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UK Foreign Policy After Brown

UK Conservative Party leader David Cameron at the 2010 World Economic Forum in Davos, Switzerland / Remy Steinegger, flickr


Their campaign slogan is “Vote for Change.” But in terms of foreign policy, if David Cameron’s Conservative Party maintain their opinion poll lead over Labour and go on to take office after the British general election on 6 May, change is likely to be conspicuous mostly by its absence. As The Economist pointed out last week, with the notable exception of Britain’s relations with the EU, “foreign policy is distinguished by the broad agreement it commands in Westminster […]. For the time being, politics, to a degree that some find heartening and others worryingly complacent, still stops at the water’s edge.”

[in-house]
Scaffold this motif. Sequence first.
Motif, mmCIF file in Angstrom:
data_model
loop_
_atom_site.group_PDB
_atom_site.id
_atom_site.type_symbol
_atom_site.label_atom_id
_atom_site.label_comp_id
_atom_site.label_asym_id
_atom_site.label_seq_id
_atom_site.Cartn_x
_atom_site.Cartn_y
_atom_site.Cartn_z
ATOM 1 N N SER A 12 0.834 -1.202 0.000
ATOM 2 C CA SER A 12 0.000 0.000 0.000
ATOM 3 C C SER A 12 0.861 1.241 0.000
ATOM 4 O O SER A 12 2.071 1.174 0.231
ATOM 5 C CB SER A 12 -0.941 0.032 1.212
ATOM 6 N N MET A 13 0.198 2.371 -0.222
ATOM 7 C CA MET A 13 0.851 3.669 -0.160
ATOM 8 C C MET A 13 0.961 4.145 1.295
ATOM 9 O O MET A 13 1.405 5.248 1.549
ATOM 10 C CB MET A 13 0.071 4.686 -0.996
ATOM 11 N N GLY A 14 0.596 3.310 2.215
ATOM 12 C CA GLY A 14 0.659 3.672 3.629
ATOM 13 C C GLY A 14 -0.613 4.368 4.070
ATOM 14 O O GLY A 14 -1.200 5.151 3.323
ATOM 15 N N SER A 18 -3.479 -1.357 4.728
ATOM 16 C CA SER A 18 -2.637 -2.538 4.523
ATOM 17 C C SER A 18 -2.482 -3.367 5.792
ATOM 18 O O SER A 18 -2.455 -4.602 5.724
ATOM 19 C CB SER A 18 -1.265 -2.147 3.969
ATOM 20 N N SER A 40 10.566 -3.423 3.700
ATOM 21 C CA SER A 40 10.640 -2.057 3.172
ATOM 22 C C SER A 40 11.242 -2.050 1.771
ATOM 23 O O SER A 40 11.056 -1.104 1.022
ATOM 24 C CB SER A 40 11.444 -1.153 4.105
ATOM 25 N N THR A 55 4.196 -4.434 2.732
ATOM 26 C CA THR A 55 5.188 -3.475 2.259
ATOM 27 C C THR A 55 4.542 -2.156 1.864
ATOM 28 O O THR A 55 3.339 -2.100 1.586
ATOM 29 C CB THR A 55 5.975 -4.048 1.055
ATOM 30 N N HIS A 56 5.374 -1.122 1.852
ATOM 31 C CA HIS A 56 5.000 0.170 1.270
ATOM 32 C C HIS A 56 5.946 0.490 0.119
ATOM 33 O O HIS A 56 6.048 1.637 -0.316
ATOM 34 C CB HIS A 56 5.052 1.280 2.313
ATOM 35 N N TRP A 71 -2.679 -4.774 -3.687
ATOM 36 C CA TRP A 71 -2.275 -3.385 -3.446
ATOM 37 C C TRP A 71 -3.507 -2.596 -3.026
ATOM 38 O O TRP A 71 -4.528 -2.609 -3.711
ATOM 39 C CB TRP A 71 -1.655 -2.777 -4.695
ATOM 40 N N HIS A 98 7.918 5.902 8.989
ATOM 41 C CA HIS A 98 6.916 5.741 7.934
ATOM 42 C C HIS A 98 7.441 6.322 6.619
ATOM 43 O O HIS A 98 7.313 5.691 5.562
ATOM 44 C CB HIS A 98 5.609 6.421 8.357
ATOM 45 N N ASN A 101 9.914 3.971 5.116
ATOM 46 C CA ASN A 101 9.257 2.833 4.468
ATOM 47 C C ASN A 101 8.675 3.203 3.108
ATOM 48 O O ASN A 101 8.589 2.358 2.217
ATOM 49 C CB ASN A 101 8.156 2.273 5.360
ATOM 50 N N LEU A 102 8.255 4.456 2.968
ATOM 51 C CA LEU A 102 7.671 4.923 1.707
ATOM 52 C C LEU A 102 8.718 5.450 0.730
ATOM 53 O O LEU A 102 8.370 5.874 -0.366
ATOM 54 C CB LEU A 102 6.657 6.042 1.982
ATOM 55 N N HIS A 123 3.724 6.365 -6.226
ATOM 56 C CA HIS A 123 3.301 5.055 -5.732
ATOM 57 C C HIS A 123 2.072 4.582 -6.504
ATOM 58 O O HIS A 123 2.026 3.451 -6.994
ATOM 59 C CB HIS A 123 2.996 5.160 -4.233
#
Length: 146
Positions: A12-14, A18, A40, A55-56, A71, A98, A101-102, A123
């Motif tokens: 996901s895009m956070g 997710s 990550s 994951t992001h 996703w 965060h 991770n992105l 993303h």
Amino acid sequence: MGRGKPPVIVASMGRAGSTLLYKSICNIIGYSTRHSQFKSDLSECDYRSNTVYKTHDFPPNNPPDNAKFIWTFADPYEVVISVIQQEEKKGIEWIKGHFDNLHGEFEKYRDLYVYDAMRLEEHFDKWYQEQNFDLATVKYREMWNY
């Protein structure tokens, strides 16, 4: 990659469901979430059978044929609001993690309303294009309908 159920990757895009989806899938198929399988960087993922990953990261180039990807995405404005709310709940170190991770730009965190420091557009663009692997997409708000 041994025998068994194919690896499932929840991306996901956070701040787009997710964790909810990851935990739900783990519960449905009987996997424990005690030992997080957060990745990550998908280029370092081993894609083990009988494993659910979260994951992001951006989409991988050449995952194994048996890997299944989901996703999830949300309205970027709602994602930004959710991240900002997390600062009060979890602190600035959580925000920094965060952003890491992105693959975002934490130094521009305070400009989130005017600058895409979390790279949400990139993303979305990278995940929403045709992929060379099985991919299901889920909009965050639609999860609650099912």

Take Afghanistan, a war that bleeds popular support with every British fatality (281 now since 2001) but one that neither the Conservatives nor the Liberal Democrats – the UK’s third largest party (and possible kingmakers if voting ends in a stalemated ‘hung’ parliament)  – offer to end Britain’s military involvement with any time soon. Indeed, and quite apart from any security fallout, a hasty withdrawal would deal a serious blow to the UK’s longstanding ‘special relationship’ with the US, which the Conservatives are (uncontroversially) committed to upholding.

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